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Fri Jun 10, 2022, 05:00 PM

Ask or aks? How linguistic prejudice perpetuates inequality [View all]

Teacher and artist Sunn M'Cheaux has been posting on social media about “linguicism” after a reader asked him about the word “ax”, saying: “Why did we struggle saying ‘ask’? Like when I was little, I always said ‘ax’. Like I couldn’t say the word correctly.”

M'Cheaux’s response counters the common idea that “ax” (spelled also “aks”) is incorrect: “ax” isn’t a mispronunciation of “ask” but an alternative pronunciation. This is similar to how people might pronounce “economics” variously as “eck-onomics” or “eek-onomics”, for example. Neither of these pronunciations is wrong. They’re just different.

Linguicism is an idea invented by human-rights activist and linguist Tove Skutnabb-Kangas to describe discrimination based on language or dialect. The prejudice around “aks” is an example of linguicism.

Decades of research shows that the idea that any variation from standard English is incorrect (or, worse, unprofessional or uneducated) is a smokescreen for prejudice. Linguicism can have serious consequences by worsening existing socio-economic and racial inequalities.

Flawed argument

Pegging “ax” as a mark of laziness or ignorance presumes that saying “aks” is easier than saying “ask”. If this were the case, we would – and we never do – hear “desk”, “flask” and “pesky” pronounced “deks”, “flaks” and “peksy”.

The “s” and “k” being interchanged in “aks” and “ask” is an instance of what linguists call metathesis – a process which is very common. For example, wasp used to be pronounced “waps” but the former has now become the go-to word. Many of the pronunciations bemoaned as “wrong” are in fact just examples of language changing.

“Aks” has origins in Old English and Germanic over a millennium ago, when it was a formal written form. In the first English Bible – the Coverdale Bible, from 1535 – Matthew 7 was written as “Axe and it shall be given you”, with royal approval.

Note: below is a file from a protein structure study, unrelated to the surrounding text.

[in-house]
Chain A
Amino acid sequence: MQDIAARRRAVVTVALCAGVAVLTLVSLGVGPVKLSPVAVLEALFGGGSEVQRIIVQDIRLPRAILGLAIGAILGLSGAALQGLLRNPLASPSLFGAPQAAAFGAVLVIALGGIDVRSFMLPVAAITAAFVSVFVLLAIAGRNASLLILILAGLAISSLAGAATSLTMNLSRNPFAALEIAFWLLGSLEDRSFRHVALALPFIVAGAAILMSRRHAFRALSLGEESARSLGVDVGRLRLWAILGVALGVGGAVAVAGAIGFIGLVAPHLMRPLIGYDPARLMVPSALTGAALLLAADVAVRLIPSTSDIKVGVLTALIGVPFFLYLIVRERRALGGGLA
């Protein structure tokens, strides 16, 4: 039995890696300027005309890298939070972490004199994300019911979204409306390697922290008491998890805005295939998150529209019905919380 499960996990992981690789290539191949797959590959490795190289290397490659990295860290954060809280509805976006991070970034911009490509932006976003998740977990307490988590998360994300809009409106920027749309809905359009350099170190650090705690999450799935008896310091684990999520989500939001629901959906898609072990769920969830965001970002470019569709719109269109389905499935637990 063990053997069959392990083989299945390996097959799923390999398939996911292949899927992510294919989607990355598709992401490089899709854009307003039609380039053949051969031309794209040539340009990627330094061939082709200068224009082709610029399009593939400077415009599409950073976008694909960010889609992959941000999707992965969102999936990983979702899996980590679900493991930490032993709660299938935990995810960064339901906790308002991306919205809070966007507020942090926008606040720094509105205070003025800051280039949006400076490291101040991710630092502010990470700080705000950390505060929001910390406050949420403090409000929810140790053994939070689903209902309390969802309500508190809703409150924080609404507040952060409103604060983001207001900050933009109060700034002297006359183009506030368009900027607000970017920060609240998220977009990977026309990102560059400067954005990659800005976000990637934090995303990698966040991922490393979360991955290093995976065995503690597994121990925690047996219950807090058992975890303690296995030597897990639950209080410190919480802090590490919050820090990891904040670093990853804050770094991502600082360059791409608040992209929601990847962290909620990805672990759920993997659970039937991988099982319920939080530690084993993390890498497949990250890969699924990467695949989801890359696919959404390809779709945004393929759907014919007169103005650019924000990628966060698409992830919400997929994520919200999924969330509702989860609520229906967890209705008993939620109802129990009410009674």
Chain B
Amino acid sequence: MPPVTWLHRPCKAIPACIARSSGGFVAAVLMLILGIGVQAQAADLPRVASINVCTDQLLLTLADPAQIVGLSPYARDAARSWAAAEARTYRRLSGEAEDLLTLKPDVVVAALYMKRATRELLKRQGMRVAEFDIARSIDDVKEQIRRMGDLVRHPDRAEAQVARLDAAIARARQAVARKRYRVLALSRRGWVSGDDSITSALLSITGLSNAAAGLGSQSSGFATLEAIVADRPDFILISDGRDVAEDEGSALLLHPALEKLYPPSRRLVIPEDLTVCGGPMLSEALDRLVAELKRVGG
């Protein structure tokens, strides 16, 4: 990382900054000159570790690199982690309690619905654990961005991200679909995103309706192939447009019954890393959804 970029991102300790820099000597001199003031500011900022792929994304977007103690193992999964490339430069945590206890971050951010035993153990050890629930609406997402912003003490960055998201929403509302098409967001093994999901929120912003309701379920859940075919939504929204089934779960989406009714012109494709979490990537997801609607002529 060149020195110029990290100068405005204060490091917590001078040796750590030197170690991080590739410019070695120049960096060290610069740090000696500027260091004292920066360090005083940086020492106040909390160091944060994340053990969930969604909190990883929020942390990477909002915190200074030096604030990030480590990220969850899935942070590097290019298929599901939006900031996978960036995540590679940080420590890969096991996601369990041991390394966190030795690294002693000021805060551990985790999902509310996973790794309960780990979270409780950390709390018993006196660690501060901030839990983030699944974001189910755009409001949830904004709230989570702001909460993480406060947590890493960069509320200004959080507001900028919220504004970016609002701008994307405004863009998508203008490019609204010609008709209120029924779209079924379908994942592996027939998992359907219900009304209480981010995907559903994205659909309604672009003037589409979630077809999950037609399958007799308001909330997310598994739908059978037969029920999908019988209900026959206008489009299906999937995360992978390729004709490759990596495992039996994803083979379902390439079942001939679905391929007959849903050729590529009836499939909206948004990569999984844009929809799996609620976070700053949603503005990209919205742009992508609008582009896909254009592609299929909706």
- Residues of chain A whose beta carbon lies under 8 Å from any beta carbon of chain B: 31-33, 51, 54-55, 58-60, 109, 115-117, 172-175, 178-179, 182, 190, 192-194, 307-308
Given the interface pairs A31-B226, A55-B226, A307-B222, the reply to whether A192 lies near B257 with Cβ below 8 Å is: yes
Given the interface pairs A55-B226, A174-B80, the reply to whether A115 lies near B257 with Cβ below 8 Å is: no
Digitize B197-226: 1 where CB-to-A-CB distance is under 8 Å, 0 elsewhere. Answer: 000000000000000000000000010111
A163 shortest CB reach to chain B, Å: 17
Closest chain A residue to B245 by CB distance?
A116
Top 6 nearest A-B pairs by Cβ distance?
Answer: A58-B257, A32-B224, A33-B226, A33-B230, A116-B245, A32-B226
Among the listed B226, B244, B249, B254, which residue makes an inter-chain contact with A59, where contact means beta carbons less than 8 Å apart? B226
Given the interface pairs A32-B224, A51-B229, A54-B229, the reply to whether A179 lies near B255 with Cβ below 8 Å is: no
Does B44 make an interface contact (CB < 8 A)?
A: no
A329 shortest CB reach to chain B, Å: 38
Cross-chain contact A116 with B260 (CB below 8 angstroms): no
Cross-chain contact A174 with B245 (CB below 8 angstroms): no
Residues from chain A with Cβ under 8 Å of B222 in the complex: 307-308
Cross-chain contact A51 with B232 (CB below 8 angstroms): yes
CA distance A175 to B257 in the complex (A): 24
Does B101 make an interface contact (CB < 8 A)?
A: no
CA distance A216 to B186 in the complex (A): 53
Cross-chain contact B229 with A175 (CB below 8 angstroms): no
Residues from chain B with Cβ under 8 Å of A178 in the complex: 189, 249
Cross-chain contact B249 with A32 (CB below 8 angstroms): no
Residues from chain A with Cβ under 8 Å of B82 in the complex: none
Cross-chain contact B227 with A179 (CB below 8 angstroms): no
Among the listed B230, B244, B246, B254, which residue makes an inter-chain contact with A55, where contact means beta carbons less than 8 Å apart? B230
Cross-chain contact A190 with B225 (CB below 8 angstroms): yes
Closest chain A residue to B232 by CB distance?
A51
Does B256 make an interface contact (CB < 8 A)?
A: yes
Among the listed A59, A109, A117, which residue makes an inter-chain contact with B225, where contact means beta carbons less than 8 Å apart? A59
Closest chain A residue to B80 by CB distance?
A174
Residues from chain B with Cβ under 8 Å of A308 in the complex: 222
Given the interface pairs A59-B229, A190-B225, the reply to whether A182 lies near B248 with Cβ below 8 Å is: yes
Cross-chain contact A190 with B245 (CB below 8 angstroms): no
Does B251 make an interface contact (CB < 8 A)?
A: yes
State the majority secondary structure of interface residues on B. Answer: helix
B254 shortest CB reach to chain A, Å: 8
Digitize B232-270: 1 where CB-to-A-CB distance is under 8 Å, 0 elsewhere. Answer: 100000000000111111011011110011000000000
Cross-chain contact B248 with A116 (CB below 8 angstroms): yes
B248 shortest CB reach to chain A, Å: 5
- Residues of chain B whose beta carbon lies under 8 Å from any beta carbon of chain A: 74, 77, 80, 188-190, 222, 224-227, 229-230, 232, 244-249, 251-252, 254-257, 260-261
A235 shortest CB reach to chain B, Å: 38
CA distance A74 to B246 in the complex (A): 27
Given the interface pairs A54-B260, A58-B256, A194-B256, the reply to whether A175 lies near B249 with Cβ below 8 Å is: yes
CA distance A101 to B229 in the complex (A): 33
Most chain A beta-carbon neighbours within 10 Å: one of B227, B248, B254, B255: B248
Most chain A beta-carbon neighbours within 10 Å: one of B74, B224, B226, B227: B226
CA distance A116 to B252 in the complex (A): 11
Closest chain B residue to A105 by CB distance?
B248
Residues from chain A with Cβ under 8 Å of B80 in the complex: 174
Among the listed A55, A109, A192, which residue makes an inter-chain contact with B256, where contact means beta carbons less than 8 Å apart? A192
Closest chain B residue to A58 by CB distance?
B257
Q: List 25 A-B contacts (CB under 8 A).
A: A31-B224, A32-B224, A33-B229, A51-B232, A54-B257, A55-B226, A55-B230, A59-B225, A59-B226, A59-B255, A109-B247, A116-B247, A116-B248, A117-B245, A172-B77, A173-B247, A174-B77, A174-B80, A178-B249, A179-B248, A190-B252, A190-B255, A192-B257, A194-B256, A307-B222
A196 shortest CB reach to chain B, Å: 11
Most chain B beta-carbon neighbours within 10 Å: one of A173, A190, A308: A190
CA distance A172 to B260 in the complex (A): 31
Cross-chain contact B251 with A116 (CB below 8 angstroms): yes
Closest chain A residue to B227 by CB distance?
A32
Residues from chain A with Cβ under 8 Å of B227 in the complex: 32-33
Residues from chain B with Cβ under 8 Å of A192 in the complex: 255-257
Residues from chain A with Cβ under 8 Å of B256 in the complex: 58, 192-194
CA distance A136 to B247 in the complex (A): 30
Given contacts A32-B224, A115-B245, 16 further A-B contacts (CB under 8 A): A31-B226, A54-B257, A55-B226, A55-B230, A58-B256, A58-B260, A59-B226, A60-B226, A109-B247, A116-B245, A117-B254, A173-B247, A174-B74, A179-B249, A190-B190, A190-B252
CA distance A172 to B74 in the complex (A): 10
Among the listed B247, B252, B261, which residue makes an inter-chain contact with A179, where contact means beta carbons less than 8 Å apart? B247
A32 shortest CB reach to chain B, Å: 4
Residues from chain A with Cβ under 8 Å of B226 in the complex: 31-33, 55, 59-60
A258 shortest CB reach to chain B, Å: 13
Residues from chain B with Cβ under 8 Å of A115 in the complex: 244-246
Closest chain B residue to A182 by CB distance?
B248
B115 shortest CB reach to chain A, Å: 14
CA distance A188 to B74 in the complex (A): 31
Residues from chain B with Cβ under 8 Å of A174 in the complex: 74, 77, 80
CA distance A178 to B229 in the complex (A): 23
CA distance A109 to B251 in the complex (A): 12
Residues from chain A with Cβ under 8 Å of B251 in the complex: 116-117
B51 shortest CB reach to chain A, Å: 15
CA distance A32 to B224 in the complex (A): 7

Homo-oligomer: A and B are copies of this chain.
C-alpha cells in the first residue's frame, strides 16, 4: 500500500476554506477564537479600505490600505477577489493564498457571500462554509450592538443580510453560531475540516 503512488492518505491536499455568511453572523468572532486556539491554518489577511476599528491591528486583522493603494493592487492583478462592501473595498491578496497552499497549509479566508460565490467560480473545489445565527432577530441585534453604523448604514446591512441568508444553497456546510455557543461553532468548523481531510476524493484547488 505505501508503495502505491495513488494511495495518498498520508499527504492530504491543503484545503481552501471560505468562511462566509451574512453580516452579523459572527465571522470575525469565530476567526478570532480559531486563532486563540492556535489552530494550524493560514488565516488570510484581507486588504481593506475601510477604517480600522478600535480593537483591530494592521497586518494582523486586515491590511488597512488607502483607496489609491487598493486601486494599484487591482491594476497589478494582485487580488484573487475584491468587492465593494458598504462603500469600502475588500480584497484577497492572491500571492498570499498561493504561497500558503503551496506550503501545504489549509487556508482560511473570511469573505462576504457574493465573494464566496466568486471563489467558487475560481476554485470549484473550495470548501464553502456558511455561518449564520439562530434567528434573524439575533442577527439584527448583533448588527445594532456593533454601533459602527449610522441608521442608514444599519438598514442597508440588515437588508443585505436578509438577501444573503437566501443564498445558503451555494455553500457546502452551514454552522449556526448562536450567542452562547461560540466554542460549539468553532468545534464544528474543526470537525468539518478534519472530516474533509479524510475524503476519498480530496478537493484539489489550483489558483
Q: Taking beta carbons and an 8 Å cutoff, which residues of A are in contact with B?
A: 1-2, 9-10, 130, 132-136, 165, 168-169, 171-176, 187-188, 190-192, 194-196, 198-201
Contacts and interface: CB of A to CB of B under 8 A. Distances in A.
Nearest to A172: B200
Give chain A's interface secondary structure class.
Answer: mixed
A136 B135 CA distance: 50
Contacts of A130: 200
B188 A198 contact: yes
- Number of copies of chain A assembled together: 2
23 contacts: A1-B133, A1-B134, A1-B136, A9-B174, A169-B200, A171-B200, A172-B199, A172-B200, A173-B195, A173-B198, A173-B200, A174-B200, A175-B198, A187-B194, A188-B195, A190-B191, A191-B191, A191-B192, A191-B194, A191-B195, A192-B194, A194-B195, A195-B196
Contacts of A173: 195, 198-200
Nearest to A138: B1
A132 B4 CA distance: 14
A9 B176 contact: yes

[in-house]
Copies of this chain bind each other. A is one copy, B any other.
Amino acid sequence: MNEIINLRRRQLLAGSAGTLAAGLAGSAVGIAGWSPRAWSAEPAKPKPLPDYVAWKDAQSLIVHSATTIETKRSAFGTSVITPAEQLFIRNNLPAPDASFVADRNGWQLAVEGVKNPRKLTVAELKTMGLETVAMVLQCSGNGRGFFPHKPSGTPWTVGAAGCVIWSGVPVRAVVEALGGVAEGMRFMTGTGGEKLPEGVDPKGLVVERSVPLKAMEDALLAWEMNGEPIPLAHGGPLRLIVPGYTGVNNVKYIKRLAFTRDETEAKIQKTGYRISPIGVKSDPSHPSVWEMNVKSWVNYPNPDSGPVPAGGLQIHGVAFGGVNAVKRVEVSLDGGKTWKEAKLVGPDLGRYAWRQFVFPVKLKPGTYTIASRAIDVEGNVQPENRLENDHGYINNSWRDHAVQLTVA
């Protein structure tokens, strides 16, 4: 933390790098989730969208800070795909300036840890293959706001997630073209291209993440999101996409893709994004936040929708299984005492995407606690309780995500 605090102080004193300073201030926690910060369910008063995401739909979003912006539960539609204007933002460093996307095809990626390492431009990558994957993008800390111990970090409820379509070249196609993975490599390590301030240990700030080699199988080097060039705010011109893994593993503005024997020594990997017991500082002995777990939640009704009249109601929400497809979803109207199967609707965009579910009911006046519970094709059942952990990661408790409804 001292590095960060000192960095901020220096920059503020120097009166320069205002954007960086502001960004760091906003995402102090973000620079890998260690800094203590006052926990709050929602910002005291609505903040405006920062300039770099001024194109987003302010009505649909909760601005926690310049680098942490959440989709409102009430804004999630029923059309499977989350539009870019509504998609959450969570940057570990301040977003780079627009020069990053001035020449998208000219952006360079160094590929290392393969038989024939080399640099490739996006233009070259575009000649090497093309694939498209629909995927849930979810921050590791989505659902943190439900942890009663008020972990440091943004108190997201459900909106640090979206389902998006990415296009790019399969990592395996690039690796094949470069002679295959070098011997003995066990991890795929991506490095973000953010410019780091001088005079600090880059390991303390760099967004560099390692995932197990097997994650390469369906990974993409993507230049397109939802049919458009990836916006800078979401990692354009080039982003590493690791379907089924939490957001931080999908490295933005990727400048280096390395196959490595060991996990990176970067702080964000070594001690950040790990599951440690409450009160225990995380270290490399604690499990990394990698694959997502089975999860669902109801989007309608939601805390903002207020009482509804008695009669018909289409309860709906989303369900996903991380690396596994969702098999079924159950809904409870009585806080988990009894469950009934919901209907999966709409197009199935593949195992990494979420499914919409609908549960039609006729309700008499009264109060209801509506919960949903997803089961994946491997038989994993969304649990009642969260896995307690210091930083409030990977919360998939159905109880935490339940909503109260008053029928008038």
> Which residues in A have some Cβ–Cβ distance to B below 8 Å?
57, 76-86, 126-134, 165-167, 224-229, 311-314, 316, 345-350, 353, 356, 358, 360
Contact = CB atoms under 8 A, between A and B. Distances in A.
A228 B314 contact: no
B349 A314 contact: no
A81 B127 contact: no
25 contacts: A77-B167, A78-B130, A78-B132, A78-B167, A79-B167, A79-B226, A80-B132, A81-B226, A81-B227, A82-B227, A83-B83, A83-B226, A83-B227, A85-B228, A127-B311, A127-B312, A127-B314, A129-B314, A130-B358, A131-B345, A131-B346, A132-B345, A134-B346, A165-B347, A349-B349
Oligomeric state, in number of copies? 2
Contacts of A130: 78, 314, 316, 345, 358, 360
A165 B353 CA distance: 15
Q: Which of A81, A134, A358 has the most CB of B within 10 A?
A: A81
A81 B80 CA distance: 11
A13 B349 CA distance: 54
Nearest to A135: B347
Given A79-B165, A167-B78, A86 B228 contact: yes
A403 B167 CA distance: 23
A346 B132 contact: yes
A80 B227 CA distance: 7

Beyond written English, “aks” was also the typical pronunciation in England’s south and in the Midlands. “Ask”, meanwhile, was more prevalent in the north and it is the latter that became the standard pronunciation.

Contemporary prevalence

In North America, “aks” (or “ax”) was widely used in New England and the southern and middle states. In the late 19th century, however, it became stereotyped as exclusive to African American English, in which it remains prevalent. American linguist John McWhorter considers it an “integral part of being a black American”.

Today, “aks” is also found in UK varieties of English, including Multicultural London English. This dialect, spoken mainly by people from ethnic minority backgrounds, came about through contact between different dialects of English and immigrant languages, including Caribbean Creoles, such as Jamaican Creole.

Multicultural London English was initially referred to in the media in a derogatory fashion as “Jafaican”. That label wrongly reduced the dialect to something imitated or used inauthentically..........


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